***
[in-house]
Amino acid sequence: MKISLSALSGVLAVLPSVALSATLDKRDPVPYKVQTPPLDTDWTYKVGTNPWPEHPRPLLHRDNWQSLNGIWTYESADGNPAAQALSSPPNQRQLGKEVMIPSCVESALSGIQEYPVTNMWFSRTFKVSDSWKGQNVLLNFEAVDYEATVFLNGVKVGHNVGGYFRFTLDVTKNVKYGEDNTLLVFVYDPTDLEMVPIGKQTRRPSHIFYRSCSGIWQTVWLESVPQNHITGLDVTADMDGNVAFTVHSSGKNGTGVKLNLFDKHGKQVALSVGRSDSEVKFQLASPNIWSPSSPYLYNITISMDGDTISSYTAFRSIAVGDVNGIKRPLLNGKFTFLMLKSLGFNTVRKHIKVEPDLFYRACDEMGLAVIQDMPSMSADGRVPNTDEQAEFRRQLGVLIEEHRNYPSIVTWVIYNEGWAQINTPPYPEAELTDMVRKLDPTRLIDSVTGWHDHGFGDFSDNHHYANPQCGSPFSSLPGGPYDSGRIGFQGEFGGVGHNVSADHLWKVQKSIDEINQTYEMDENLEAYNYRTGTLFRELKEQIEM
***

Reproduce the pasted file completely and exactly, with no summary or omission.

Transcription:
[in-house]
Amino acid sequence: MKISLSALSGVLAVLPSVALSATLDKRDPVPYKVQTPPLDTDWTYKVGTNPWPEHPRPLLHRDNWQSLNGIWTYESADGNPAAQALSSPPNQRQLGKEVMIPSCVESALSGIQEYPVTNMWFSRTFKVSDSWKGQNVLLNFEAVDYEATVFLNGVKVGHNVGGYFRFTLDVTKNVKYGEDNTLLVFVYDPTDLEMVPIGKQTRRPSHIFYRSCSGIWQTVWLESVPQNHITGLDVTADMDGNVAFTVHSSGKNGTGVKLNLFDKHGKQVALSVGRSDSEVKFQLASPNIWSPSSPYLYNITISMDGDTISSYTAFRSIAVGDVNGIKRPLLNGKFTFLMLKSLGFNTVRKHIKVEPDLFYRACDEMGLAVIQDMPSMSADGRVPNTDEQAEFRRQLGVLIEEHRNYPSIVTWVIYNEGWAQINTPPYPEAELTDMVRKLDPTRLIDSVTGWHDHGFGDFSDNHHYANPQCGSPFSSLPGGPYDSGRIGFQGEFGGVGHNVSADHLWKVQKSIDEINQTYEMDENLEAYNYRTGTLFRELKEQIEM